On May 30, Future Sensations, an innovative art exhibit that has rounded the globe from Shanhai to São Paulo, will make its final stop (and only stop in the United States), illuminating Philadelphia's Eakin's Oval until June 6. The exhibit, sponsored by the massive building materials company Saint-Gobain, "is an immersive experience with five distinct ephemeral pavilions that take visitors on a sensory journey of science, storytelling and art that celebrates the past three and a half centuries and offers glimpses into future innovations that will transform the world." But local artist Joe Boruchow feels that one of the pavilions blurs the line between inspiration and imitation.
Joe Boruchow, known for his exquisitely intricate paper cut outs found on mailboxes, utility boxes, and free posters he gives out to lucky patrons while tending bar at Tattooed Mom's, wrote an open letter to Saint-Gobain to express his dismay at the overt similarities that he sees between Future Sensations' "Pavilion One" and his original work "A Closed System" (shown in top photo).
A few weeks ago I was disturbed to see an article about your Future Sensations exhibit that is set to be displayed in Philadelphia from May 30th to June 6. One of the displays is a clear misappropriation of my original work called "A Closed System". I am an artist that has been publicly displaying my work in Philadelphia for the past 15 years and can't understand why you would not acknowledge and compensate me for the work that you clearly stole for your promotional display...The years of hard work that I have put in to devising my technical and artistic reputation will be severely damaged by your abuse of my rights and I am I incensed and insulted that it will be displayed in front of the Philadelphia Museum of Art at Eakins Oval – a space that I aspire to show my work albeit without your commercial intentions.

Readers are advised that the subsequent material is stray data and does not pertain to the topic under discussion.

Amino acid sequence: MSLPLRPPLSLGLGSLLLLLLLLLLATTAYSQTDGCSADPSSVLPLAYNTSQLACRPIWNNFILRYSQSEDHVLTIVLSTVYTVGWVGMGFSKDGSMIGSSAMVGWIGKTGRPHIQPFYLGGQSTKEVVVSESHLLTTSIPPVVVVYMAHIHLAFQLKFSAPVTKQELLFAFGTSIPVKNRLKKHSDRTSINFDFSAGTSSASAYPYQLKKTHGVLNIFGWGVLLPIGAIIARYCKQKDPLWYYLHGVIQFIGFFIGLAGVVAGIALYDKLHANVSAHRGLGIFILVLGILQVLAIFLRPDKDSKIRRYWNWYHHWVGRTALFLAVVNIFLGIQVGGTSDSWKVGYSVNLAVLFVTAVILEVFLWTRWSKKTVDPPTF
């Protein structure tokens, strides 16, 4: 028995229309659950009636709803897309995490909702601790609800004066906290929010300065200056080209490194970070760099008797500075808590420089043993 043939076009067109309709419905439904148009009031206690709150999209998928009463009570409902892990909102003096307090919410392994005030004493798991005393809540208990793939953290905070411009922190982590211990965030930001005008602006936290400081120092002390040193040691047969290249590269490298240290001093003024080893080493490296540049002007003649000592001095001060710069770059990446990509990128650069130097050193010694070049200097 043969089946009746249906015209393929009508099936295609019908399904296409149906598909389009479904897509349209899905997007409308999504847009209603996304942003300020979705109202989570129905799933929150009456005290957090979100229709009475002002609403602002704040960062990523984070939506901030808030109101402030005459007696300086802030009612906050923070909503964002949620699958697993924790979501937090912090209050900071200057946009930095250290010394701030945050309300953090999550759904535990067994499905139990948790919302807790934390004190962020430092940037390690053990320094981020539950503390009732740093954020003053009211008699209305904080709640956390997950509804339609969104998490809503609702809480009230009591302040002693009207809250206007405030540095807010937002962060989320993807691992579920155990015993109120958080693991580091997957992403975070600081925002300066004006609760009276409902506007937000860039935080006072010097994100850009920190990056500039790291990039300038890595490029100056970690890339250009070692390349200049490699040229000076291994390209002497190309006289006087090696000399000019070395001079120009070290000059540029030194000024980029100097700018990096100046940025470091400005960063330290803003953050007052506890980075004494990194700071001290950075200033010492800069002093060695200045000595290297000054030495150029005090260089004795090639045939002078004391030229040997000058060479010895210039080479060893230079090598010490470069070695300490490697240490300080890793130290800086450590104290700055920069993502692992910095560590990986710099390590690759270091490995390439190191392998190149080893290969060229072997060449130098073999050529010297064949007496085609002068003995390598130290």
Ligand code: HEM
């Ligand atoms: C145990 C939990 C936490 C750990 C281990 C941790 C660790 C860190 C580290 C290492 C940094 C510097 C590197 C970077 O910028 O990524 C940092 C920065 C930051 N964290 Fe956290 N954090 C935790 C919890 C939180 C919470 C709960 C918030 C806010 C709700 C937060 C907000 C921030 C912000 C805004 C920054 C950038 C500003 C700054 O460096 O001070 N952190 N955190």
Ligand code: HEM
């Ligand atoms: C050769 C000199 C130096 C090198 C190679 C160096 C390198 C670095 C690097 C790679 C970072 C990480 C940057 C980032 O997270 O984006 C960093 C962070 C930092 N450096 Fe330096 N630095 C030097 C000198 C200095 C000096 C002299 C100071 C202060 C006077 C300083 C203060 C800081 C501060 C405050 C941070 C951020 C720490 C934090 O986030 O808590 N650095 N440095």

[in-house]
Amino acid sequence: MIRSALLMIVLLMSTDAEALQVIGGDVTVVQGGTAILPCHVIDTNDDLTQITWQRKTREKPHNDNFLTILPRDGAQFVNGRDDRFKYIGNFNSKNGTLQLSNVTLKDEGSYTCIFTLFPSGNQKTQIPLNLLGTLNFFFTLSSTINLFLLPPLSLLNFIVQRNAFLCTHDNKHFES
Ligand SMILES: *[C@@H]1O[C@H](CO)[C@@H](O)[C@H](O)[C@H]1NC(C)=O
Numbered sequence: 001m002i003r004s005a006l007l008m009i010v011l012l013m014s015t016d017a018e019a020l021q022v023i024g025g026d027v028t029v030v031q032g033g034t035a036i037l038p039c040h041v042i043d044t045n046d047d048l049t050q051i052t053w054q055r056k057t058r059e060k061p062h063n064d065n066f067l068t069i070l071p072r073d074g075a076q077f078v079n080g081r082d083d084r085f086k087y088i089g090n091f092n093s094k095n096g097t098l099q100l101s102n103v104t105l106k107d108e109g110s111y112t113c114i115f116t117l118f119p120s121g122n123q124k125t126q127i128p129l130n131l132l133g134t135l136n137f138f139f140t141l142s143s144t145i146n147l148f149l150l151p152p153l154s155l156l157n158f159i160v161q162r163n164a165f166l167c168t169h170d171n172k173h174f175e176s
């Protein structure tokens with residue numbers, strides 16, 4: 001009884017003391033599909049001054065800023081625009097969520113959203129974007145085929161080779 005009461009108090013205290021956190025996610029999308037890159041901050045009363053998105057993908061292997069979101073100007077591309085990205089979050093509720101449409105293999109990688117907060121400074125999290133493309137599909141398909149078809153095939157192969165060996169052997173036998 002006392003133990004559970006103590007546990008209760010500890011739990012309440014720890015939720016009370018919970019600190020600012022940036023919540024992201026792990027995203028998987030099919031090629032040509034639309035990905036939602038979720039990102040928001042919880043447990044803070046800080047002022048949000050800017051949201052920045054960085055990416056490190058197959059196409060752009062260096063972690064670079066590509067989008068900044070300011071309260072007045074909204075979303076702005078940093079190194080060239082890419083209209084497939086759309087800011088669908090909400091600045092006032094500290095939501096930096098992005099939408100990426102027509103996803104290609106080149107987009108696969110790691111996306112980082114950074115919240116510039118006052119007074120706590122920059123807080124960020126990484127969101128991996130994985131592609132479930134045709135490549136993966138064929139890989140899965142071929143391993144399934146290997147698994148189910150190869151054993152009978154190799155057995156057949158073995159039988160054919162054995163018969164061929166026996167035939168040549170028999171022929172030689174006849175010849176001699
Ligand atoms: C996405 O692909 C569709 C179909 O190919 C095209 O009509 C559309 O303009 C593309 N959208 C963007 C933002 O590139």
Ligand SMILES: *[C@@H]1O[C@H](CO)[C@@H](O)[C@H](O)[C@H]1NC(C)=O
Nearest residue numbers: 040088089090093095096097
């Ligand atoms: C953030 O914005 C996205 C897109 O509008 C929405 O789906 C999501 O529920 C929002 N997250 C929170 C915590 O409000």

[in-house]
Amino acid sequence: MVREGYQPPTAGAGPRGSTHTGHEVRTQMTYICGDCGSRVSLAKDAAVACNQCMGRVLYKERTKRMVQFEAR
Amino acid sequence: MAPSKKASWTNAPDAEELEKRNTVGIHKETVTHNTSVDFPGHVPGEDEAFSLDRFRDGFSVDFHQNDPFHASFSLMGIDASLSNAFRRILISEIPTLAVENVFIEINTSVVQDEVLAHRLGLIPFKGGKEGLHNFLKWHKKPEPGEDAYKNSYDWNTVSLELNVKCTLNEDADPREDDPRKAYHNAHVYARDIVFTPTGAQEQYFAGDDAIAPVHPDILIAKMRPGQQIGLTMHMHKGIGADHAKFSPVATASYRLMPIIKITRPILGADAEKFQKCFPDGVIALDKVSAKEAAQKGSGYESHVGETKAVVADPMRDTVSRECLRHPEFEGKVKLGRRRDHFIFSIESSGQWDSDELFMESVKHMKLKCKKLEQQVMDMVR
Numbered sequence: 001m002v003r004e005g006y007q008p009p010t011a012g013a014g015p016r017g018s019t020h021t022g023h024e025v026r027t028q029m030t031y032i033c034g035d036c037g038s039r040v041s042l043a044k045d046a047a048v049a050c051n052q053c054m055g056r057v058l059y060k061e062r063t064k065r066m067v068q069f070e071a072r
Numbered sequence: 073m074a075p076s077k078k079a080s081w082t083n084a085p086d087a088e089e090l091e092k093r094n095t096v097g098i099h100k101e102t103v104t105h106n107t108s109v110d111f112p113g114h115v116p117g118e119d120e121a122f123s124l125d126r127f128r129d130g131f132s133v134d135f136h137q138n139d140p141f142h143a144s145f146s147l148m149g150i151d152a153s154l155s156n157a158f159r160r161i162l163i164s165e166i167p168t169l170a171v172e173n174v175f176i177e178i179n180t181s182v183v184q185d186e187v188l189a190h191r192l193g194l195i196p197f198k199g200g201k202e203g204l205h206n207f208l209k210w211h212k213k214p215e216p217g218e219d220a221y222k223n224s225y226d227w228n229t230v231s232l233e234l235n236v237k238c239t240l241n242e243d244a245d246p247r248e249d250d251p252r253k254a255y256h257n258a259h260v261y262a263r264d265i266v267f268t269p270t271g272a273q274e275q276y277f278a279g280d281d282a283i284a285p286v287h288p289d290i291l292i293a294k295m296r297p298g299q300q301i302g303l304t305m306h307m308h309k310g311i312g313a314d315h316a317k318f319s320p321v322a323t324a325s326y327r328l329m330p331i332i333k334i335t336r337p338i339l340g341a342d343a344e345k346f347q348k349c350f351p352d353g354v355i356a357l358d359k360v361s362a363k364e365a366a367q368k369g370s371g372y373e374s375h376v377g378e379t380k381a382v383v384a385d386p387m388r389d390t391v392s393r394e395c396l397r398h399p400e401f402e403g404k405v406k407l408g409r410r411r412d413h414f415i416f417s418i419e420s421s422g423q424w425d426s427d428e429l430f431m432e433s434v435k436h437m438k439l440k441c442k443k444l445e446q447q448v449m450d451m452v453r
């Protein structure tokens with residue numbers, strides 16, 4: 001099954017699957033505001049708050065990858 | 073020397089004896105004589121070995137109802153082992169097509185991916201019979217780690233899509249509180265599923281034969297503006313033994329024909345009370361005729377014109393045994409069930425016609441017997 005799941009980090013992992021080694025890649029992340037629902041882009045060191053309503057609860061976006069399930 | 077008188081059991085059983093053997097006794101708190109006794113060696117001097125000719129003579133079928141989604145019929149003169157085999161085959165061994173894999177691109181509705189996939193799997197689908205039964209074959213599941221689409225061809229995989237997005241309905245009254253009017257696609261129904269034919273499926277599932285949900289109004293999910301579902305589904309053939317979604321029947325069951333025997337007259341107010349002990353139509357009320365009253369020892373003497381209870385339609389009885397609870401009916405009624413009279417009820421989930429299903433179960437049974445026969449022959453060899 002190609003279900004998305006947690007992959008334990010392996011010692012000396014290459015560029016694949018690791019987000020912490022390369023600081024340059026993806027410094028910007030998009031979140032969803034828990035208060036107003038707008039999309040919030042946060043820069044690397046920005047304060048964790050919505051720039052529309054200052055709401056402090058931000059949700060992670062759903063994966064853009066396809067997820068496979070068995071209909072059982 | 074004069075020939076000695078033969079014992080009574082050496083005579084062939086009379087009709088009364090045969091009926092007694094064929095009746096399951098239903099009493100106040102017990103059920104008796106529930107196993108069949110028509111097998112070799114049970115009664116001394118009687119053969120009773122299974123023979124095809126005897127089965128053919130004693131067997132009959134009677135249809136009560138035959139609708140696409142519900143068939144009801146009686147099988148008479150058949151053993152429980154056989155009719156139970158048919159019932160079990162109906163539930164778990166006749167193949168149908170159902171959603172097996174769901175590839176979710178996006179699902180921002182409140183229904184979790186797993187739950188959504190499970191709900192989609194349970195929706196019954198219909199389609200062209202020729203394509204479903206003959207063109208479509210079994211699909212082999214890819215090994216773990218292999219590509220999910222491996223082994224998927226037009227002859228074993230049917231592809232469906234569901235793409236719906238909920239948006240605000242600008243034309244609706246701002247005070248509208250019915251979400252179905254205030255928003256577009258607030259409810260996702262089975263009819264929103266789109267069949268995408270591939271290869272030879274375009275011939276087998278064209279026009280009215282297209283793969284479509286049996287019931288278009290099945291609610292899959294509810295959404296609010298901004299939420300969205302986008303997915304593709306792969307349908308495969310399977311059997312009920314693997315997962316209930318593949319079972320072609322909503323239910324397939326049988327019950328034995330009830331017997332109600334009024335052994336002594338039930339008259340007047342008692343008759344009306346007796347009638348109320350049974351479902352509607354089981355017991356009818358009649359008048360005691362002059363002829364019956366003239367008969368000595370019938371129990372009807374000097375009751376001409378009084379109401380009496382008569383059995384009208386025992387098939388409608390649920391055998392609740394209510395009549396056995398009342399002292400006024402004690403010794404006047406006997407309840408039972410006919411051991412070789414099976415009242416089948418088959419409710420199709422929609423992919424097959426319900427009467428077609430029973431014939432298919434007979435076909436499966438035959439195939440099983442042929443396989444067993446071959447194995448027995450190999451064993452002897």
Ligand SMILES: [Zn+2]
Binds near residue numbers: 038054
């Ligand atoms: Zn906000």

Saint-Gobain recently responded to the letter, stating that they were "surprised by Mr. Boruchow's claims since the Saint-Gobain work is an independent creation of the artist Bruno Tric commissioned by Saint-Gobain's outside design firm, FC2, located in Paris, France. It was created in that city in May of 2014 and constructed in the Czech Republic thereafter. There is no indication that Mr. Tric or FC2 had access to or did actually access Mr. Boruchow's work. "
What do you think? Is this a case of artistic appropriation, or just a matter of two individuals making use of Line Art over two vastly different mediums?
· Philadelphia Artist Joe Boruchow vs. Future Sensations At The Oval [Philebrity]
· Future Sensations [Official Website]